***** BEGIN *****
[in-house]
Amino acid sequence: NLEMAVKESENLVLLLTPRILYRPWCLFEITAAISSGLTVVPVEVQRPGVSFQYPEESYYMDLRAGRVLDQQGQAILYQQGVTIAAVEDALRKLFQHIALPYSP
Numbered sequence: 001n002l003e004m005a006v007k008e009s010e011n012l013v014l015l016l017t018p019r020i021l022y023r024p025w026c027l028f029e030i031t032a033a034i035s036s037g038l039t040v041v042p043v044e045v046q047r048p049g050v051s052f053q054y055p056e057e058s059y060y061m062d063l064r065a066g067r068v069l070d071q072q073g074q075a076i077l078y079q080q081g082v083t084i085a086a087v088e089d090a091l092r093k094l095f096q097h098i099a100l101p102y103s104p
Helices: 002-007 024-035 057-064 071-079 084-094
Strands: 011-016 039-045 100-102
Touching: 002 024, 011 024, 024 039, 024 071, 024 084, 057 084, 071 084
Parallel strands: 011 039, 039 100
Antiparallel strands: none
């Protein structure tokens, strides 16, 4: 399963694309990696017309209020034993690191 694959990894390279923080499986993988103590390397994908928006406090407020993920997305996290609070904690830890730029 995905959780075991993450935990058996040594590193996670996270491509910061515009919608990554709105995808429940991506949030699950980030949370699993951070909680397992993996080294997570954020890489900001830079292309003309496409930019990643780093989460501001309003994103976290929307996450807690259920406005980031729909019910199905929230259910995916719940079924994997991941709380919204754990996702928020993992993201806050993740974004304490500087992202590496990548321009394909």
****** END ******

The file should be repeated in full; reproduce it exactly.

[in-house]
Amino acid sequence: NLEMAVKESENLVLLLTPRILYRPWCLFEITAAISSGLTVVPVEVQRPGVSFQYPEESYYMDLRAGRVLDQQGQAILYQQGVTIAAVEDALRKLFQHIALPYSP
Numbered sequence: 001n002l003e004m005a006v007k008e009s010e011n012l013v014l015l016l017t018p019r020i021l022y023r024p025w026c027l028f029e030i031t032a033a034i035s036s037g038l039t040v041v042p043v044e045v046q047r048p049g050v051s052f053q054y055p056e057e058s059y060y061m062d063l064r065a066g067r068v069l070d071q072q073g074q075a076i077l078y079q080q081g082v083t084i085a086a087v088e089d090a091l092r093k094l095f096q097h098i099a100l101p102y103s104p
Helices: 002-007 024-035 057-064 071-079 084-094
Strands: 011-016 039-045 100-102
Touching: 002 024, 011 024, 024 039, 024 071, 024 084, 057 084, 071 084
Parallel strands: 011 039, 039 100
Antiparallel strands: none
């Protein structure tokens, strides 16, 4: 399963694309990696017309209020034993690191 694959990894390279923080499986993988103590390397994908928006406090407020993920997305996290609070904690830890730029 995905959780075991993450935990058996040594590193996670996270491509910061515009919608990554709105995808429940991506949030699950980030949370699993951070909680397992993996080294997570954020890489900001830079292309003309496409930019990643780093989460501001309003994103976290929307996450807690259920406005980031729909019910199905929230259910995916719940079924994997991941709380919204754990996702928020993992993201806050993740974004304490500087992202590496990548321009394909």